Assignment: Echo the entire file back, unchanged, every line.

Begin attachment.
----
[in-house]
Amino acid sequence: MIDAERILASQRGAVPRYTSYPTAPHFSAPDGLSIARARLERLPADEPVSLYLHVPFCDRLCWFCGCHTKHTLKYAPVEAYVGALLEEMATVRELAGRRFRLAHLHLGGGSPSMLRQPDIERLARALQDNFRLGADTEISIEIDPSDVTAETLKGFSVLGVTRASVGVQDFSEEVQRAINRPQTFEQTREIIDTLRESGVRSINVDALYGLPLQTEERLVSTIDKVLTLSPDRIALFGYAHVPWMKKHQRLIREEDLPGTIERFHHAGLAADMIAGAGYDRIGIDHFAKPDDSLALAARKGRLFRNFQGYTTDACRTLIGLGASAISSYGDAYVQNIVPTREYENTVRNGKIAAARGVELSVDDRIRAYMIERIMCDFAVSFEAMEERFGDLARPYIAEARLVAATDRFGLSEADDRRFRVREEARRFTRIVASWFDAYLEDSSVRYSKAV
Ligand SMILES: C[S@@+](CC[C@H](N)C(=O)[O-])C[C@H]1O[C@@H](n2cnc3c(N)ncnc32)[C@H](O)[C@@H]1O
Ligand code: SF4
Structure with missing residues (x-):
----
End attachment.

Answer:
[in-house]
Amino acid sequence: MIDAERILASQRGAVPRYTSYPTAPHFSAPDGLSIARARLERLPADEPVSLYLHVPFCDRLCWFCGCHTKHTLKYAPVEAYVGALLEEMATVRELAGRRFRLAHLHLGGGSPSMLRQPDIERLARALQDNFRLGADTEISIEIDPSDVTAETLKGFSVLGVTRASVGVQDFSEEVQRAINRPQTFEQTREIIDTLRESGVRSINVDALYGLPLQTEERLVSTIDKVLTLSPDRIALFGYAHVPWMKKHQRLIREEDLPGTIERFHHAGLAADMIAGAGYDRIGIDHFAKPDDSLALAARKGRLFRNFQGYTTDACRTLIGLGASAISSYGDAYVQNIVPTREYENTVRNGKIAAARGVELSVDDRIRAYMIERIMCDFAVSFEAMEERFGDLARPYIAEARLVAATDRFGLSEADDRRFRVREEARRFTRIVASWFDAYLEDSSVRYSKAV
Ligand SMILES: C[S@@+](CC[C@H](N)C(=O)[O-])C[C@H]1O[C@@H](n2cnc3c(N)ncnc32)[C@H](O)[C@@H]1O
Ligand code: SF4
Structure with missing residues (x-):